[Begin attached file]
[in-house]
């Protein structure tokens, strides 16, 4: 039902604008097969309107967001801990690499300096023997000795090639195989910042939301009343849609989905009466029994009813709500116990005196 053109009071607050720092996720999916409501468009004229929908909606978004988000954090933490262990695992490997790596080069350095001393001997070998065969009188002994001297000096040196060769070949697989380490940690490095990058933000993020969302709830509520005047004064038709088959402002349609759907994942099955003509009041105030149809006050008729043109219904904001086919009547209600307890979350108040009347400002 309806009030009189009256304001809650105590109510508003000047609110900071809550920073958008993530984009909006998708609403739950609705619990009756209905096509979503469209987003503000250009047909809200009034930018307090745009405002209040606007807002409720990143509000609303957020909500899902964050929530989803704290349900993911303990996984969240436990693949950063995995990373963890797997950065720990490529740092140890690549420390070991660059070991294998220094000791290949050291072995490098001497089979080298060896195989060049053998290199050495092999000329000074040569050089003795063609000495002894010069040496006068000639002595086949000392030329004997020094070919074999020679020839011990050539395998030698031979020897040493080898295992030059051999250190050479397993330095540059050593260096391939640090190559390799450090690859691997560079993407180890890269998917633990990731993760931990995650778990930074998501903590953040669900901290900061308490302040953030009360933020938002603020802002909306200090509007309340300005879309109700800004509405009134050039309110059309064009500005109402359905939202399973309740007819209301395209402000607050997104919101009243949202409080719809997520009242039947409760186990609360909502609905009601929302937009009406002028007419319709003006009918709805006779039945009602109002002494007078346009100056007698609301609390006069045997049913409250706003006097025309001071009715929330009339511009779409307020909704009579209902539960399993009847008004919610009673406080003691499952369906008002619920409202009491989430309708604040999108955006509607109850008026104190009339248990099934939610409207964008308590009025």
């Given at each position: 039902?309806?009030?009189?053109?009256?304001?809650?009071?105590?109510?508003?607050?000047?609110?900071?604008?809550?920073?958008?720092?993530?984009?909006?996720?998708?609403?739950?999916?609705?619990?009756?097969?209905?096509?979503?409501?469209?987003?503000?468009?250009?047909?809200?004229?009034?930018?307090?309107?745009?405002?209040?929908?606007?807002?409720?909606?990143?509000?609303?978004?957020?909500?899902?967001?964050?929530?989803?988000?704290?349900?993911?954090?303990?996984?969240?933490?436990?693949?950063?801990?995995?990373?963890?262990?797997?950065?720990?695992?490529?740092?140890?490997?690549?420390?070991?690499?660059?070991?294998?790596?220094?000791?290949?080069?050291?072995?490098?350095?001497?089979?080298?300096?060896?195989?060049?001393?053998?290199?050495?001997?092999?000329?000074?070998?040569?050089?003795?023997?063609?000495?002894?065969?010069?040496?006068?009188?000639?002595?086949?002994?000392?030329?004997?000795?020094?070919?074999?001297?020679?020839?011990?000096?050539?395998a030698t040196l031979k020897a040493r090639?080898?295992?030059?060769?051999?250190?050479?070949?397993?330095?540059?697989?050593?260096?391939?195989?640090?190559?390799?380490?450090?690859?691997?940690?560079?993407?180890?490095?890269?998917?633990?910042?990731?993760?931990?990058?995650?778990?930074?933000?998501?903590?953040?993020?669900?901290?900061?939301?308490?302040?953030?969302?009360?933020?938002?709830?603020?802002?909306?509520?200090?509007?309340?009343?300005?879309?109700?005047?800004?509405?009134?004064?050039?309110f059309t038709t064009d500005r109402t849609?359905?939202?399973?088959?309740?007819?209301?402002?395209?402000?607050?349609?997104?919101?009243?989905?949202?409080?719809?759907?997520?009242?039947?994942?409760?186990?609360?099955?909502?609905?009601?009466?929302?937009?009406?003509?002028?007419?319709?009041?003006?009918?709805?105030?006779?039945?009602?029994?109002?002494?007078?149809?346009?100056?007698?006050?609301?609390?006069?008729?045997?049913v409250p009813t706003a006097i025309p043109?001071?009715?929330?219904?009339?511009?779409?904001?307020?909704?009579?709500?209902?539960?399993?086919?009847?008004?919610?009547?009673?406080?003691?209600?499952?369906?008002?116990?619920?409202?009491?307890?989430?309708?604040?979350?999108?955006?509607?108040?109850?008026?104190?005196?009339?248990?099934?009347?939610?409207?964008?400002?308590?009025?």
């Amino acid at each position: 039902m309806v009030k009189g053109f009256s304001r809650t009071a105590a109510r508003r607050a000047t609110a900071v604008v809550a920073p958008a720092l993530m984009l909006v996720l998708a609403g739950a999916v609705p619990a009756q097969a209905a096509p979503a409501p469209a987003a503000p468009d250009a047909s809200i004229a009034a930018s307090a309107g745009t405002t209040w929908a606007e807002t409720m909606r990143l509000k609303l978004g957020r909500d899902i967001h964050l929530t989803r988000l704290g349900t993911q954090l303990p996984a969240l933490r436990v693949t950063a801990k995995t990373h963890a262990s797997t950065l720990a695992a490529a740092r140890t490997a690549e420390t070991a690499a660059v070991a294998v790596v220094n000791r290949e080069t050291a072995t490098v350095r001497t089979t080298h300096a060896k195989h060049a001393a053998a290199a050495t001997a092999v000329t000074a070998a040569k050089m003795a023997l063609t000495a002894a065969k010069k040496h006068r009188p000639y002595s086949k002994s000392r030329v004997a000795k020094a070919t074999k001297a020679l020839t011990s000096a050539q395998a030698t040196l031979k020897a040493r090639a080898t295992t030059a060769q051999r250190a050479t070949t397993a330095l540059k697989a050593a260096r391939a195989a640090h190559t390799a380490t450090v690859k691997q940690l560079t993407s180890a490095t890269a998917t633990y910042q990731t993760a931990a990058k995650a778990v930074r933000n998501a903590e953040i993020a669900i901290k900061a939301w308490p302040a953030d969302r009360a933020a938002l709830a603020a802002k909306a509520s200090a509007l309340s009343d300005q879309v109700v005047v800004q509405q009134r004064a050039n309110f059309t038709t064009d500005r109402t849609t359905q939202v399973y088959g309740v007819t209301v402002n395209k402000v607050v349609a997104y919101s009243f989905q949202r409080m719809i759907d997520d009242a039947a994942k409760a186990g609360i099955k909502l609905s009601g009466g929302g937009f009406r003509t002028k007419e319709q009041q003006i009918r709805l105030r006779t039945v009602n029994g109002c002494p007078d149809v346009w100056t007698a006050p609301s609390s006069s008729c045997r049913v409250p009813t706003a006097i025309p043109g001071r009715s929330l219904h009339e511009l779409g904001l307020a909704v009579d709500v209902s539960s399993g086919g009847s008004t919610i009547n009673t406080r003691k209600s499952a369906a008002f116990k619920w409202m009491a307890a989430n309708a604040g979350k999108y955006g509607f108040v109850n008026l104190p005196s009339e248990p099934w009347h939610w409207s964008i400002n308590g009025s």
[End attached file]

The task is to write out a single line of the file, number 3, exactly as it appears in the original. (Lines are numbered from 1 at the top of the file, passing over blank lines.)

């Given at each position: 039902?309806?009030?009189?053109?009256?304001?809650?009071?105590?109510?508003?607050?000047?609110?900071?604008?809550?920073?958008?720092?993530?984009?909006?996720?998708?609403?739950?999916?609705?619990?009756?097969?209905?096509?979503?409501?469209?987003?503000?468009?250009?047909?809200?004229?009034?930018?307090?309107?745009?405002?209040?929908?606007?807002?409720?909606?990143?509000?609303?978004?957020?909500?899902?967001?964050?929530?989803?988000?704290?349900?993911?954090?303990?996984?969240?933490?436990?693949?950063?801990?995995?990373?963890?262990?797997?950065?720990?695992?490529?740092?140890?490997?690549?420390?070991?690499?660059?070991?294998?790596?220094?000791?290949?080069?050291?072995?490098?350095?001497?089979?080298?300096?060896?195989?060049?001393?053998?290199?050495?001997?092999?000329?000074?070998?040569?050089?003795?023997?063609?000495?002894?065969?010069?040496?006068?009188?000639?002595?086949?002994?000392?030329?004997?000795?020094?070919?074999?001297?020679?020839?011990?000096?050539?395998a030698t040196l031979k020897a040493r090639?080898?295992?030059?060769?051999?250190?050479?070949?397993?330095?540059?697989?050593?260096?391939?195989?640090?190559?390799?380490?450090?690859?691997?940690?560079?993407?180890?490095?890269?998917?633990?910042?990731?993760?931990?990058?995650?778990?930074?933000?998501?903590?953040?993020?669900?901290?900061?939301?308490?302040?953030?969302?009360?933020?938002?709830?603020?802002?909306?509520?200090?509007?309340?009343?300005?879309?109700?005047?800004?509405?009134?004064?050039?309110f059309t038709t064009d500005r109402t849609?359905?939202?399973?088959?309740?007819?209301?402002?395209?402000?607050?349609?997104?919101?009243?989905?949202?409080?719809?759907?997520?009242?039947?994942?409760?186990?609360?099955?909502?609905?009601?009466?929302?937009?009406?003509?002028?007419?319709?009041?003006?009918?709805?105030?006779?039945?009602?029994?109002?002494?007078?149809?346009?100056?007698?006050?609301?609390?006069?008729?045997?049913v409250p009813t706003a006097i025309p043109?001071?009715?929330?219904?009339?511009?779409?904001?307020?909704?009579?709500?209902?539960?399993?086919?009847?008004?919610?009547?009673?406080?003691?209600?499952?369906?008002?116990?619920?409202?009491?307890?989430?309708?604040?979350?999108?955006?509607?108040?109850?008026?104190?005196?009339?248990?099934?009347?939610?409207?964008?400002?308590?009025?």